Currently browsing the "Haley Bennett" tag.

Review: Swallow

This R-rated psychological thriller was a complete surprise to me. In a good way. It’s a Stepford Wives meets #Girlpower story that has you yelling at the screen and wondering what will happen next right up until its satisfying ending. Haley Bennett (Girl on the Train, The Magnificent Seven) is mesmerizing as Hunter, the gilded cage wife of a wealthy financier. She seems to have it all, but there’s definitely something missing, and she fills her days in an OCD housecleaning fog. But when she gets pregnant, she develops “pica” – the compulsion to consume inedible objects and materials. Of course there’s a deeper psychological reason for her mental state, and as the film progresses Hunter is forced to confront a dark secret to break free.

Review: Thank You for Your Service

If you’re feeling inspired to see a movie similar to American Sniper as Veterans Day approaches, then Thank You for Your Service definitely fits the bill. It represents a worthy and well-acted attempt to highlight the struggles that many veterans face when returning from the battlefield and integrating back into family and civilian life –while dealing with PTSD. It’s a relatively quiet film about the horrors of wars, except for a few intense and bloody flashbacks that are used to frame the mindset of a couple of U.S. soldiers returning to their Midwest homes after a brutal tour in Iraq in 2007. Thank You for Your Service is based on the nonfiction book of the same name by David Finkel. His recent article in the Washington Post spurred my interest in seeing the movie, as did the fact that it stars Miles Teller (Only the Brave, Whiplash).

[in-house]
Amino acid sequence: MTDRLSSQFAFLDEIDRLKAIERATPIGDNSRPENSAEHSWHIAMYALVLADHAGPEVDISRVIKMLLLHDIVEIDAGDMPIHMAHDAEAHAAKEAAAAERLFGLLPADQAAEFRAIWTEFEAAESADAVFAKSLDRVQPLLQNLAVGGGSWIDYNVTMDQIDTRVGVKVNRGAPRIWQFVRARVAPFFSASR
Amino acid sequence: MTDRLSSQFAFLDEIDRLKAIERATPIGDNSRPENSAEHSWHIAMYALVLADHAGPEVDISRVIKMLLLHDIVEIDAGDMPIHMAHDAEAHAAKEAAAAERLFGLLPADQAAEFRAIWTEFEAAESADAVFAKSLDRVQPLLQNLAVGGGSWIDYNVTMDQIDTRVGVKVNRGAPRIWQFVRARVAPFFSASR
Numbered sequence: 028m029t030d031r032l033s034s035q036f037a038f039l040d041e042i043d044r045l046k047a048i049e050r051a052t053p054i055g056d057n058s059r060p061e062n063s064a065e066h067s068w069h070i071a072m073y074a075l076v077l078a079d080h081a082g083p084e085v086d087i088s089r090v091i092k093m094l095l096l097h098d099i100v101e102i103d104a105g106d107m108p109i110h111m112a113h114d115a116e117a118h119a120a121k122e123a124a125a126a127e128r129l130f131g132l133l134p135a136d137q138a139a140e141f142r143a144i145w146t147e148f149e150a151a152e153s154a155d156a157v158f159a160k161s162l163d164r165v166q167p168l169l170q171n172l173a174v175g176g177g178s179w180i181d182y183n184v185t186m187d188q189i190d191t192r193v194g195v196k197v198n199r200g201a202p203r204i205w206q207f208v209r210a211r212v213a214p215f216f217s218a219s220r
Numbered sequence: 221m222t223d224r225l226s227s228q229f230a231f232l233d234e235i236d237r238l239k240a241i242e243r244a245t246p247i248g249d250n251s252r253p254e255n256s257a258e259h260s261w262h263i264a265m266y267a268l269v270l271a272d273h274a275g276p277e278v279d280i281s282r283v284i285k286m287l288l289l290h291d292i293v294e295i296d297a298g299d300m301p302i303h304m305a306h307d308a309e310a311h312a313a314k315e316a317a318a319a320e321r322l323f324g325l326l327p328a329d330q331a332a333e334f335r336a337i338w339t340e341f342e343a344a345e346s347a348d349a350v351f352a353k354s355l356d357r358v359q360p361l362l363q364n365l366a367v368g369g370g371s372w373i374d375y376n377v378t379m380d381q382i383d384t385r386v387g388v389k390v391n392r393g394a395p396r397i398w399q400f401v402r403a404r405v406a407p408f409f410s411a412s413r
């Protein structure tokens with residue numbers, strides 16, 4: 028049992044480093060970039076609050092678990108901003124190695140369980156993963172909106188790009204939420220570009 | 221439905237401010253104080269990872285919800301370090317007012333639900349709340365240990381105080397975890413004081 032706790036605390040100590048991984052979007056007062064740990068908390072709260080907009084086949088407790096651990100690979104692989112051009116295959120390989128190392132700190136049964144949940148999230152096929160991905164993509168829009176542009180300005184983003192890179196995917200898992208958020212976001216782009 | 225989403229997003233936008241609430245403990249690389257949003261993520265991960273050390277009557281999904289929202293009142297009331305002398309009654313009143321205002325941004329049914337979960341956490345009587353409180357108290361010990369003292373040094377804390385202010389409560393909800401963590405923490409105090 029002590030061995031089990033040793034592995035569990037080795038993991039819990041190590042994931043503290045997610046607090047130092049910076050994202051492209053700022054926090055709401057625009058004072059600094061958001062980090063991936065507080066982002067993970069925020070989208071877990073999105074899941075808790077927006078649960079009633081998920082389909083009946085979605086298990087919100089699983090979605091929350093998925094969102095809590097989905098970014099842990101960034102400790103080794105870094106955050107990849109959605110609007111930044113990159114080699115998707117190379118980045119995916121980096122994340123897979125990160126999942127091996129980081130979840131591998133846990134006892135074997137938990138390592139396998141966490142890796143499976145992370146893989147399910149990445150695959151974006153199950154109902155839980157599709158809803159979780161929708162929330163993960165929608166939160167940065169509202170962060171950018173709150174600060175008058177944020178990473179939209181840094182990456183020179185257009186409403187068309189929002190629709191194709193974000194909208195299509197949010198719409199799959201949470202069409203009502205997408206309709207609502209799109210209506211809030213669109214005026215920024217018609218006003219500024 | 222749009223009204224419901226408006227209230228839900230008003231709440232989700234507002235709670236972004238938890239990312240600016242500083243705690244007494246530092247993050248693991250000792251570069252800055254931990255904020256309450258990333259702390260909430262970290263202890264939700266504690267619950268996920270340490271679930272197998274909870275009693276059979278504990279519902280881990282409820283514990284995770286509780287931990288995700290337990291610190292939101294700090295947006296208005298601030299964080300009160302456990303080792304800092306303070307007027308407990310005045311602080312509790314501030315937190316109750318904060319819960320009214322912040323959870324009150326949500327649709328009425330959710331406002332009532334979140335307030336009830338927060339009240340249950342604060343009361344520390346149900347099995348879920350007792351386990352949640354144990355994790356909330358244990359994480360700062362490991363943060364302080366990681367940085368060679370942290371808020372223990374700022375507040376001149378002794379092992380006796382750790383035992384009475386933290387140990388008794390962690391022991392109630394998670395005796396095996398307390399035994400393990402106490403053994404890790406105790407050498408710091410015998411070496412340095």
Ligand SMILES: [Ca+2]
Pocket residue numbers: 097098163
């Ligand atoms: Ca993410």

The Girl on the Train

Forgive me if I call this one Gone Girl on the Train. But comparisons will be made, and understandably so, between The Girl on the Train and 2014’s Gone Girl. Both are crime drama thrillers based on popular novels by Paula Hawkins and Gillian Flynn respectively. Both feature strong performances. And both do a decent job remaining faithful to the source material. So if you liked the book(s) and the genre, then rest assured there’s plenty to like about The Girl on The Train (though honestly, if I had to choose, I’d give Gone Girl the edge).

The Magnificent Seven

A remake of a remake has a lot to live up to. The original was the Japanese film Seven Samurai, shot in 1954, considered one of director Akira Kurosawa’s masterpieces starring the legendary Toshiro Mifune. Fast forward six years and Hollywood makes a version substituting cowboys for Samurai, starring Yul Brynner, Steve McQueen, Charles Bronson, and James Coburn. Now we have another one with Denzel Washington, Chris Pratt, Ethan Hawke, Vincent D’Onofrio, Peter Sarsgaard. All three films follow the same essential plot. A village is being preyed upon by outsiders, so they hire Samurai/Cowboys to defend them and mayhem ensues. So is the new one magnificent?